Hospitals with sophisticated information systems may be able to streamline surveillance through the development of computer-based algorithms that identify patients at highest risk for an HAI. Surveillance for some infections (e.g., bloodstream infections or infections with antimicrobial-resistant organisms) is primarily microbiology based; therefore, hospital-wide surveillance for targeted infections can be implemented relatively easily.


The highest quality surveillance methodology for HAIs was developed by the CDC and is unit based, infection site specific, and risk adjusted (i.e., expressed in terms of device-specific denominators).13 Because the National Healthcare Safety Network (NHSN) methodology is the most widely accepted, hospitals that use it are able to compare their institutional rates to those of a large group of hospitals across the country. The NHSN has rapidly expanded from a network of slightly more than 200 hospitals in 200614 to nearly 3500 in 2011,10 primarily owing to mandatory reporting requirements by the Center for Medicare and Medicaid Services (CMS).


Unit-based surveillance trends should periodically be reported back to the health care workers in the unit. Although HAI rates (e.g., bloodstream infections per 1000 catheter-days) are useful for interhospital comparisons and the analysis of institutional long-term trends, feedback to frontline providers is more meaningful when expressed as a raw number of infections (e.g., four central line–associated bloodstream infections in the past 3 months).



Reporting


Infectious diseases of public health importance should be reported to public health agencies, whose requirements vary by state. Increasingly, states are mandating surveillance for HAIs with public reporting and the CMS now also mandates reporting of some HAIs.



Isolation


The purpose of isolation is to prevent the transmission of microorganisms from infected or colonized patients to other patients, hospital visitors, and health care workers, who may subsequently transmit them to other patients or become infected or colonized themselves. Although isolation guidelines are based on current understanding of the mechanisms of the transmission of organisms, few well-controlled studies have been performed to demonstrate their efficacy. Because HAIs are relatively uncommon events, any study designed to demonstrate efficacy requires sample sizes that are often prohibitively large. Thus, studies evaluating the efficacy of infection prevention interventions often lack the power to allow one to conclude confidently that there has been a lack of effect (i.e., such studies have a high probability of type II error).


Because patient isolation is expensive, time consuming, and uncomfortable for patients, impedes care, and generates large volumes of trash because of the use of disposable products, it should be implemented only when necessary. Conversely, failure to isolate a patient with a transmissible disease may lead to morbidity and mortality and may ultimately be expensive when one considers the direct costs of an investigation of an outbreak and excess length of stay and the indirect costs of lost productivity. The practice of isolating patients has moved from the requirement for separate infectious disease hospitals to separate wards for these patients and, ultimately, to providing precautions in the general hospital environment. In 2006, the American Institute of Architects, in its Guidelines for Design and Construction of Health Care Facilities, made single-patient rooms the standard.14 Hospitals that have single-patient rooms exclusively are able to isolate patients with transmissible diseases without disrupting patient flow.15 However, existing facilities often still have a significant proportion of double-patient rooms.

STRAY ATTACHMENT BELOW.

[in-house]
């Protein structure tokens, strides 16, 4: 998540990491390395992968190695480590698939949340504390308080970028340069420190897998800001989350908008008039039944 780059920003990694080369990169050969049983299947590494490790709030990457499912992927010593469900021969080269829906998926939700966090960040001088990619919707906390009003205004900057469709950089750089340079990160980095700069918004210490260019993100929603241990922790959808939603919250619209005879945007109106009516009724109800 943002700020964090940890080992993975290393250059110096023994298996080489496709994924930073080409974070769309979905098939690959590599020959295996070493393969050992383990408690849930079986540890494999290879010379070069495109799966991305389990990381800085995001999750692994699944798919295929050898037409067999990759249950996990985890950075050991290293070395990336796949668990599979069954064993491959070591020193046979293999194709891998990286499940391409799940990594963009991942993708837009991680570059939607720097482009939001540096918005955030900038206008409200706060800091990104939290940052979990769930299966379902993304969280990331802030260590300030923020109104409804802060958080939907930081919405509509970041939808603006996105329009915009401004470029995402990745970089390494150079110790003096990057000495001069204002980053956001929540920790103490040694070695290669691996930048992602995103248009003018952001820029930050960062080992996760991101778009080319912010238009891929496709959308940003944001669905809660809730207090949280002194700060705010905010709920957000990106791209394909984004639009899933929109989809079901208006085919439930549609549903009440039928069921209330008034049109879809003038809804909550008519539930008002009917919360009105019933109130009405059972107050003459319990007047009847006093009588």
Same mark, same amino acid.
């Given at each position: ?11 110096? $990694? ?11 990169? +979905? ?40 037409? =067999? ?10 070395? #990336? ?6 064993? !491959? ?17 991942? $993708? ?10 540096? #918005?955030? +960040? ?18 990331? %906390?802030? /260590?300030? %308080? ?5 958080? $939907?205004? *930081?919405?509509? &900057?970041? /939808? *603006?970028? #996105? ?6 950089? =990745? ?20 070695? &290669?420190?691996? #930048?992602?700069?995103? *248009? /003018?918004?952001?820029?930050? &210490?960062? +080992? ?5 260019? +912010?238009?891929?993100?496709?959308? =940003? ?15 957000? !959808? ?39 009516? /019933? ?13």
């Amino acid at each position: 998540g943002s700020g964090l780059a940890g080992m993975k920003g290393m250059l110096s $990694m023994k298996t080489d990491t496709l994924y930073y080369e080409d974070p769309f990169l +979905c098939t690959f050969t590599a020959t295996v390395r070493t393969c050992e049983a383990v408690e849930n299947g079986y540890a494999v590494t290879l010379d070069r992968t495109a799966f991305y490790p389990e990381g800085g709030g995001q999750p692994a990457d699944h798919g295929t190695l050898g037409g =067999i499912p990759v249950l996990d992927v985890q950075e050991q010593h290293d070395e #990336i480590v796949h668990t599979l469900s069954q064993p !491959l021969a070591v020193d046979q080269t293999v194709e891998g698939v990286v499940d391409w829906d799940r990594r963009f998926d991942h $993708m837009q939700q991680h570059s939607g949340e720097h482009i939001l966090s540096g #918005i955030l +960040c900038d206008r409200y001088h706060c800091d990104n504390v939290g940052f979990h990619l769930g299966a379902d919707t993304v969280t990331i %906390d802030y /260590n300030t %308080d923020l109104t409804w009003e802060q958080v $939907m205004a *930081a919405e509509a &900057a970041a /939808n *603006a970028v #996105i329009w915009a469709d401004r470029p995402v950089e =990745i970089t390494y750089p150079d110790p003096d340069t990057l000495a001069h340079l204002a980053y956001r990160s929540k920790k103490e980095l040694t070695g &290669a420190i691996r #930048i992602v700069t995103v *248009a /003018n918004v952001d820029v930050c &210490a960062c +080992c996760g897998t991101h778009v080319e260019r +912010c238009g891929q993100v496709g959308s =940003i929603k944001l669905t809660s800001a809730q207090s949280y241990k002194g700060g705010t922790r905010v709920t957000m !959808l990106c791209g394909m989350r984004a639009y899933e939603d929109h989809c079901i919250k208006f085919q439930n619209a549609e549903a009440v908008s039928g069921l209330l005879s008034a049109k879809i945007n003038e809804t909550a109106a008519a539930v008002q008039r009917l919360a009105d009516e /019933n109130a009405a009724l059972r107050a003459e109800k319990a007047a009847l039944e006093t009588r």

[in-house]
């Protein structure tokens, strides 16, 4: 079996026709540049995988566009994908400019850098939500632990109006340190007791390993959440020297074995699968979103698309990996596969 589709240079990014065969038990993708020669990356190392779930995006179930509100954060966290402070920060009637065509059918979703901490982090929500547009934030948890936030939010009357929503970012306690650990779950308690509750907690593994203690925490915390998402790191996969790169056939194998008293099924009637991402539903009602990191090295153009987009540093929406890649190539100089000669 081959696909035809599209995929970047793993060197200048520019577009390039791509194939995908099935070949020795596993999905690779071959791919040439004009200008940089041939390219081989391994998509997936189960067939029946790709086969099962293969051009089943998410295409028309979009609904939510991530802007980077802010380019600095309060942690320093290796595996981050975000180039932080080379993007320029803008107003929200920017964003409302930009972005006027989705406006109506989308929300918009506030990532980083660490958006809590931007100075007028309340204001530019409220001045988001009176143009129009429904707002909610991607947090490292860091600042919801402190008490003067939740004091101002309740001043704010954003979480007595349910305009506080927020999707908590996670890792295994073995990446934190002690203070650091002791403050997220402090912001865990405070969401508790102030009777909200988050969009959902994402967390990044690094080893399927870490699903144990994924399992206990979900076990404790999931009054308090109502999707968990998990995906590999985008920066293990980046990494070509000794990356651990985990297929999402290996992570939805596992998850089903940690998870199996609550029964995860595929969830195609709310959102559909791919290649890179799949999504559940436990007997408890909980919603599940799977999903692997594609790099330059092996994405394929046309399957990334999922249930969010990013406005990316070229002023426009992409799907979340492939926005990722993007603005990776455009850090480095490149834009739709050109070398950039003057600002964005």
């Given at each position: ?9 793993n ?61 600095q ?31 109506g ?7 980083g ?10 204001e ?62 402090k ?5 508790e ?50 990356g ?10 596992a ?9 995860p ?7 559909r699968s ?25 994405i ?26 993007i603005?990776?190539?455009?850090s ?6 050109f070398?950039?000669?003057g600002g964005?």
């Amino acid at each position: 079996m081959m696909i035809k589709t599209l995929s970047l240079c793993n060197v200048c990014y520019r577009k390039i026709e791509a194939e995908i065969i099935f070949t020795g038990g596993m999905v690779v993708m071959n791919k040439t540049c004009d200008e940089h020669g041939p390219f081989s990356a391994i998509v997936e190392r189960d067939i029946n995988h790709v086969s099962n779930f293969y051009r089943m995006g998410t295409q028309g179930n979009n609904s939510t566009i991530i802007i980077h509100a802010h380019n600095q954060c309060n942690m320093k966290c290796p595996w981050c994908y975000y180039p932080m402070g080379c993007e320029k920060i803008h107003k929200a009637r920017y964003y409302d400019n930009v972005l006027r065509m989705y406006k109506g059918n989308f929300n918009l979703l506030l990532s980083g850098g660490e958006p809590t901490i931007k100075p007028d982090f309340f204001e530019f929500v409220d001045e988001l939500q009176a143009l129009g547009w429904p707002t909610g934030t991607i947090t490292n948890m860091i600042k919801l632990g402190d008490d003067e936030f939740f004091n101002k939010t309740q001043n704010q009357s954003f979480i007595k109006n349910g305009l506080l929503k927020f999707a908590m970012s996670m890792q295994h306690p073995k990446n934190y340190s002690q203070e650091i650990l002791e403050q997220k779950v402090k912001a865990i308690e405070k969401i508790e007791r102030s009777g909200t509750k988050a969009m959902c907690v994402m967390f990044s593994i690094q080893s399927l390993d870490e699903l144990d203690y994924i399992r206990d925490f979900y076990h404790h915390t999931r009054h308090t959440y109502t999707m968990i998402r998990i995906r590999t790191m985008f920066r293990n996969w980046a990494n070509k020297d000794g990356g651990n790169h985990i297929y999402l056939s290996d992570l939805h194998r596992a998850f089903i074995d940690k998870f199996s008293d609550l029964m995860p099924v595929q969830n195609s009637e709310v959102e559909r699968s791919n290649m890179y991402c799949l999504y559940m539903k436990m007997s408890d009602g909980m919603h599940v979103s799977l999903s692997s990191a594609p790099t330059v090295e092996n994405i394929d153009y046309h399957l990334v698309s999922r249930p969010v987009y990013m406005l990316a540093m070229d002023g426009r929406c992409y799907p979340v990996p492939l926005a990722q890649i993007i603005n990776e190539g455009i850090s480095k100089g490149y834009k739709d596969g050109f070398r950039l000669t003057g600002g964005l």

In 2007, the CDC and the Healthcare Infection Control Practices Advisory Committee issued a revision of the recommended guidelines for isolation.16 These guidelines outlined a two-tiered approach: standard precautions, which apply to all patients, and transmission-based precautions, which apply to patients with documented or suspected infection or colonization with certain microorganisms. These guidelines are summarized in Table 300-2.




Standard Precautions


Standard precautions are based on the assumption that any patient may potentially be colonized or infected with organisms that are transmissible. Therefore, standard precautions apply to all patients, in all settings, at all times. The essential elements of standard precautions are hand hygiene, personal protective equipment (gowns, gloves, masks, and eye protection), and safe needle practices.



Hand Hygiene


Because most HAIs are transmitted by contact, primarily via the hands of health care workers,17 hand hygiene remains the single most important means to prevent transmission of nosocomial pathogens. Compliance by health care workers remains suboptimal although improving through numerous efforts, including The Joint Commission’s mandate to measure hand hygiene via the National Patient Safety Goals program.


The microorganisms on hands can be divided into transient flora and resident flora.18 The resident flora include organisms of low virulence (e.g., coagulase-negative staphylococci, Micrococcus, Corynebacterium) that are rarely transmitted to patients except when introduced by invasive procedures.19 They are not easily removed through hand washing. The transient flora, however, are important causes of HAIs. These organisms are acquired primarily by contact, are loosely attached to the skin, and are easily washed off. Thus, the purpose of hand hygiene in the hospital is to remove the transient flora recently acquired by contact with patients or environmental surfaces.18 In addition, HAIs have been attributed to bacterial contamination of artificial fingernails; therefore, health care workers should not wear them.